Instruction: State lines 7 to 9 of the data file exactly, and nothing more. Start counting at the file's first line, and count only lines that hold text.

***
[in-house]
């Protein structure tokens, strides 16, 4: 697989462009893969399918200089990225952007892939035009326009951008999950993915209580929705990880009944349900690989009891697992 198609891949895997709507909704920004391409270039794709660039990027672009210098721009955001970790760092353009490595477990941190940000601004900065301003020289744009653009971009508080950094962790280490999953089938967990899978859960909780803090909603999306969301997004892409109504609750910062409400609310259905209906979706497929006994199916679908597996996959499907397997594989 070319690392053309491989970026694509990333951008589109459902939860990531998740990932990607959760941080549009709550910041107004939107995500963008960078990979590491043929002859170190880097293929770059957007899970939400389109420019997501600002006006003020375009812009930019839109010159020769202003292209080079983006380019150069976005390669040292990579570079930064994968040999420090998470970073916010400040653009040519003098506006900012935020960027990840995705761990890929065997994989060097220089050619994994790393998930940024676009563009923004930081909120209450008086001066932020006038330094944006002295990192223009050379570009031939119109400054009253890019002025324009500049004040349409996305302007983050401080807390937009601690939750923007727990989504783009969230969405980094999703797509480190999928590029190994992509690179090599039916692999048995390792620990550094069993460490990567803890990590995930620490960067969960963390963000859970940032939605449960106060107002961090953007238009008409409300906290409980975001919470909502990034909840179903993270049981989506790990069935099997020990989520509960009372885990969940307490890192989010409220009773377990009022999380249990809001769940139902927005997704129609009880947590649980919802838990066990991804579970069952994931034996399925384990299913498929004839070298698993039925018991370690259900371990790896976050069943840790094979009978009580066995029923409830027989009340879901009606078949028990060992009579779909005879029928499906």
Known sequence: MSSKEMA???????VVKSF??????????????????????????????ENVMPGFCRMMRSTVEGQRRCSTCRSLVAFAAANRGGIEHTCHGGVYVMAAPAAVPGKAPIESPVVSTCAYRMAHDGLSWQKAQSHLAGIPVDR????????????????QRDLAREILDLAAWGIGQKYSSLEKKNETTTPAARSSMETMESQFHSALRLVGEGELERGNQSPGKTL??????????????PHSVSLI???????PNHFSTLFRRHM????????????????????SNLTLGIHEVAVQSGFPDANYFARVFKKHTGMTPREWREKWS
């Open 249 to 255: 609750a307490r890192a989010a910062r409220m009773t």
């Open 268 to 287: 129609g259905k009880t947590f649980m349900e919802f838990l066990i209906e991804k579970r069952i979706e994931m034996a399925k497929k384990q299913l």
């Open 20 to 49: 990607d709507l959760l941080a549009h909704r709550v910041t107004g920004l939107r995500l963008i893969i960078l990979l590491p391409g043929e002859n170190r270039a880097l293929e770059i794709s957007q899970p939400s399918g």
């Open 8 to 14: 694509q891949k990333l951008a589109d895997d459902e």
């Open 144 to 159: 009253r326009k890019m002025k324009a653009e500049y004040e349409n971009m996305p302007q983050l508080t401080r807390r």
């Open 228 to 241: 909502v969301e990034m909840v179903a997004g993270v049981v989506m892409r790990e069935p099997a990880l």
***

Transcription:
């Open 8 to 14: 694509q891949k990333l951008a589109d895997d459902e």
């Open 144 to 159: 009253r326009k890019m002025k324009a653009e500049y004040e349409n971009m996305p302007q983050l508080t401080r807390r």
């Open 228 to 241: 909502v969301e990034m909840v179903a997004g993270v049981v989506m892409r790990e069935p099997a990880l």